Equity release from Nationwide
We’ll help you better understand equity release, and our Lifetime mortgage. They help people aged 55 or over make use of the money built up in their home.
On this page:
What is equity release?
Equity release unlocks the value built up in your home as a tax free lump sum. There’s no need to move out and you’ll still own your home. With equity release you don’t have to make monthly payments, unless you choose to. It’s usually repaid when the last borrower moves into long term care or dies.
Lifetime mortgages are the most popular type of equity release product and are available to homeowners who are 55 or over.
How does equity release work?
If you're 55 or over, your home could look after you with an equity release Lifetime mortgage. Find out how our equity release Lifetime mortgage works with our handy video.
Why choose equity release?
Some of the most popular reasons our members give for wanting to release equity include:
- clearing debts.
- helping a loved one buy their first property.
- paying for home improvements.
- making a major purchase, such as a new car, and
- taking the holiday of a lifetime.
Taking out an equity release mortgage means being able to do this without having to dip into a pension or move home, and without using your other finances.
Alternatives to releasing equity
Releasing equity can impact the inheritance you leave, and any state benefits or local authority grants you receive.
Before deciding whether to borrow, it’s a good idea to speak with trusted family or friends. They could give you support or suggest other ways to raise the money you need.
Alternatives might include:
- using any available savings
- moving to a smaller home (downsizing)
- getting help from family members
- state benefits – if you're eligible
- a local authority grant – if you're eligible
- a personal loan or credit card.
Things to consider before equity release
It's worth considering these factors before deciding if it’s right for you.
Impact on inheritance
Equity release can reduce the inheritance you leave. This could be due to the fact that you have spent the money, and also due to the interest on the amount you borrowed. That means there could be less for your beneficiaries when it’s time to sell the property.
If you are considering taking out a lifetime mortgage, it’s important you know that this could affect your ability to claim means tested benefits, including support for long term care. Your Nationwide specialist mortgage adviser will discuss this with you.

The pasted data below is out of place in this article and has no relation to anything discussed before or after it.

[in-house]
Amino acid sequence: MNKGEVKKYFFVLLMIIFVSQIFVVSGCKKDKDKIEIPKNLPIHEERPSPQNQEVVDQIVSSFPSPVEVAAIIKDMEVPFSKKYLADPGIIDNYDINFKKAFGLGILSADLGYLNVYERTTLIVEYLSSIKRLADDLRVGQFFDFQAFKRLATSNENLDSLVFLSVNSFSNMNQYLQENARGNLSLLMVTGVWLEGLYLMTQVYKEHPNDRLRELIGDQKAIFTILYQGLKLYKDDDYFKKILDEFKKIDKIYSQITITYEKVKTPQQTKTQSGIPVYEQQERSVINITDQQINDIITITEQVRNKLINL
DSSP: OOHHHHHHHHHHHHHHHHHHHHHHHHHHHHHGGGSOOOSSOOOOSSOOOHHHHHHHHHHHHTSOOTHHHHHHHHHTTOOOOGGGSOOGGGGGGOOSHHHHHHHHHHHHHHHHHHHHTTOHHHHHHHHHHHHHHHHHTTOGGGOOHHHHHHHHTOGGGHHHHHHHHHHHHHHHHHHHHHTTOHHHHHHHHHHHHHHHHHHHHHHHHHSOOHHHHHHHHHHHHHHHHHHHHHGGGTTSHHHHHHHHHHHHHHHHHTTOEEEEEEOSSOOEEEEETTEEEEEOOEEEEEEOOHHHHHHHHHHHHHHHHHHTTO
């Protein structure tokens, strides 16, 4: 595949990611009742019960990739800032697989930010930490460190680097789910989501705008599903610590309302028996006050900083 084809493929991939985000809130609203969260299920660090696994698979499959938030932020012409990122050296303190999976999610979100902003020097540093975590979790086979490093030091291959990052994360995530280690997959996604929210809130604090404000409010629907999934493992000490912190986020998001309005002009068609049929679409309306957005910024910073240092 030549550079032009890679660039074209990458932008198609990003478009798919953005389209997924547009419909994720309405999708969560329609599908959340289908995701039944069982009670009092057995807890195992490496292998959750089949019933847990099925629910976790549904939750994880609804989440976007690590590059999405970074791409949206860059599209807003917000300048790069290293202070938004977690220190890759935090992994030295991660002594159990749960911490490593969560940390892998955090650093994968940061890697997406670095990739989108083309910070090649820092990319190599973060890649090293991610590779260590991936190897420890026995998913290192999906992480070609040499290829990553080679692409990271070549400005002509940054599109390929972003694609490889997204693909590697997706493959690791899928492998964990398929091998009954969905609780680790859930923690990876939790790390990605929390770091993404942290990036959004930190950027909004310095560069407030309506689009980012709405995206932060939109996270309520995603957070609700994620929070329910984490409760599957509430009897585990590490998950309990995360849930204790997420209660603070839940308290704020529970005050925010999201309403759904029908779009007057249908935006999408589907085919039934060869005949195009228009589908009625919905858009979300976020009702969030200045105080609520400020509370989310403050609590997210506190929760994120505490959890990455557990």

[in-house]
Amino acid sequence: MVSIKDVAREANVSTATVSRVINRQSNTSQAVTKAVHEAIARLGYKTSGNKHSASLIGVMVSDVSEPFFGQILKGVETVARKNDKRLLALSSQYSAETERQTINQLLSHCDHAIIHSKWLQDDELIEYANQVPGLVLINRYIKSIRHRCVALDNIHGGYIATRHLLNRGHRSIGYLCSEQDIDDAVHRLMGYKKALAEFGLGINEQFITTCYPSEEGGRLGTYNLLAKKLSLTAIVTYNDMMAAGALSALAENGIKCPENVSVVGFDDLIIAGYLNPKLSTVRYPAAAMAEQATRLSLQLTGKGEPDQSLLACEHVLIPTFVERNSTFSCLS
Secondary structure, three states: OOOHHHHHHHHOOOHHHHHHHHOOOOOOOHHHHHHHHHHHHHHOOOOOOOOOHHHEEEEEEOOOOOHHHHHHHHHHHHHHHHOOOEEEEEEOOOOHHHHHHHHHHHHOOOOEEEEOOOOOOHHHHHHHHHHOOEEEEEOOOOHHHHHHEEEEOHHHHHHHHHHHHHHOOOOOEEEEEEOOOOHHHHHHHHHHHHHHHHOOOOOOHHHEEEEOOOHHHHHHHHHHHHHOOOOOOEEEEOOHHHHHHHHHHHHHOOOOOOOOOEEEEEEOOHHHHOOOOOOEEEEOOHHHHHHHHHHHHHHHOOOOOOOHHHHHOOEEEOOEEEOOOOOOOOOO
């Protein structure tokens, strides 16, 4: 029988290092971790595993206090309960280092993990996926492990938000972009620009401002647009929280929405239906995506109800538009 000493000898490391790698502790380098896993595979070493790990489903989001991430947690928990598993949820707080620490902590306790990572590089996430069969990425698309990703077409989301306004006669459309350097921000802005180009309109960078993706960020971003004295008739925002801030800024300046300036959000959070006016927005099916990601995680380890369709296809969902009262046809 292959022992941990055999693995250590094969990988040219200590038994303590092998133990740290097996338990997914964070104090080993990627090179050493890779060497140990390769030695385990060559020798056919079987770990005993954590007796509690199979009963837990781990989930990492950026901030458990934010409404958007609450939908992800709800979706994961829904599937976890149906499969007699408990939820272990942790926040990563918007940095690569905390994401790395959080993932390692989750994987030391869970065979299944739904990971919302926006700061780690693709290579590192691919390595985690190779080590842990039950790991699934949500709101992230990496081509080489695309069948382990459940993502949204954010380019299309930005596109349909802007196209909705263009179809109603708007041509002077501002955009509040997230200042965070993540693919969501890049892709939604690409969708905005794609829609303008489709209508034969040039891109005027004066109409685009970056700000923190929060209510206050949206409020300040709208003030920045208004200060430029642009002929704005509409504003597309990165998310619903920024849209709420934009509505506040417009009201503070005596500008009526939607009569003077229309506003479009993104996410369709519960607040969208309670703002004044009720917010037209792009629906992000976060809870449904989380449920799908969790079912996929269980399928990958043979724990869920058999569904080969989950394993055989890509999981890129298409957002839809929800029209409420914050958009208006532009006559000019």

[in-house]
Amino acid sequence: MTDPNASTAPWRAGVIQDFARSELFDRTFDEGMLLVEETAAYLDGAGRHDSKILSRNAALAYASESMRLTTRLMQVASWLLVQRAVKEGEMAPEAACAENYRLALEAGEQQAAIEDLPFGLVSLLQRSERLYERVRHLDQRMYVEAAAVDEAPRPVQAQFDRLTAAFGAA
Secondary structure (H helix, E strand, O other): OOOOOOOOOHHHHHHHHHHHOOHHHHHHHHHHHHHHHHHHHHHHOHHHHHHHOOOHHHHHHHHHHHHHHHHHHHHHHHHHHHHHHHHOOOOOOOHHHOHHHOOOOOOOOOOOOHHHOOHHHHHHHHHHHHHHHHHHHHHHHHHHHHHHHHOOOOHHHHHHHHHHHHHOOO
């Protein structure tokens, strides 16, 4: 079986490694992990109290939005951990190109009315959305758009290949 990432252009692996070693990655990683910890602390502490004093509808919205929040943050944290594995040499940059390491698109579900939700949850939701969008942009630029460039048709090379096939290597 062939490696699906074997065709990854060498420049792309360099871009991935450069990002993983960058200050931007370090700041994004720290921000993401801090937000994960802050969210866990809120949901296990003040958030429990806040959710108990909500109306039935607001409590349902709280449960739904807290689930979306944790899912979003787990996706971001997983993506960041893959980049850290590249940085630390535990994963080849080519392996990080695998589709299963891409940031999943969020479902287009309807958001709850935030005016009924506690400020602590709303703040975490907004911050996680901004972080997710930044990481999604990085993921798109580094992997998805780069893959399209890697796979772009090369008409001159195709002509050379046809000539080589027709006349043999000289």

Our Lifetime mortgage has a ‘no negative equity’ guarantee. This means that when your property is sold, if there isn’t enough left to repay what's owed, your estate won't have to pay the extra.
There are no valuation, product or advice fees with our Lifetime mortgage.
You’ll need to take independent legal advice for this type of mortgage. Our Lifetime mortgages offer £1,000 cashback on initial completion, which you could use towards these legal costs.
Nationwide’s equity release Lifetime mortgage
Our equity release product is a Lifetime mortgage. This can unlock the value in your home as a tax-free lump sum.
With our Lifetime mortgage, the interest rate is fixed for life, and you only make monthly payments if you want to. But, if you don’t, bear in mind that the balance will increase over the term.
Usually, the loan is repaid when the last borrower moves into long term care or dies, and your home is sold. Any money left over is passed on to the people you name in your will.
Maximum borrowing amount: depends on your age and how much your property is worth.
Other Nationwide mortgages that let you release equity
We also offer two retirement mortgages. These also help you live a little better by unlocking money built up in your home.
Retirement Interest Only mortgage
This is similar to a standard interest only mortgage. So your payments can be lower than a typical repayment mortgage. Unlike regular interest only mortgages, it doesn’t have a fixed end date to repay the balance.
This could be right for you if you:
- want to keep your payments lower than a repayment mortgage.
- are happy knowing the loan is usually repaid through the sale of your home after the last borrower moves into long term care or dies.
Retirement Capital & Interest mortgage
This is like a standard repayment mortgage, where you pay back both interest and capital on a monthly basis. However, where it differs is that you can borrow up to a higher age. The mortgages are still designed to be repaid in full by the end of their term.
To get advice about our Lifetime and retirement mortgages
You need to be:
- aged 55 to 84 (or 94 if you already have a Nationwide mortgage)
- applying for a mortgage on your main residence only
If you want to apply for a retirement mortgage, you’ll also need to be:
- receiving a state, private or workplace pension.
Attend our releasing equity with Nationwide event
On the 16 November 2021, we're hosting a free, online event about releasing equity with Nationwide. Our specialist mortgage advisers will talk you through our range of borrowing options, plus you can ask any questions you might have.
Speak to us and find out how to apply
To find out if our Lifetime and retirement mortgages are right for you, and how much equity you could release from your home, get in touch.
We can arrange an appointment for you with one of our specialist mortgage advisers.
- Lifetime mortgage
- Lifetime and retirement mortgage rates
- Andy and Christine’s story
- Equity Release Council (opens in a new window)
Think carefully before securing other debts against your home. Your mortgage is secured on your home, which you could lose if you do not keep up your mortgage payments. Check that this mortgage will meet your needs if you want to move or sell your home or you want your family to inherit it. If you are in any doubt, seek independent advice.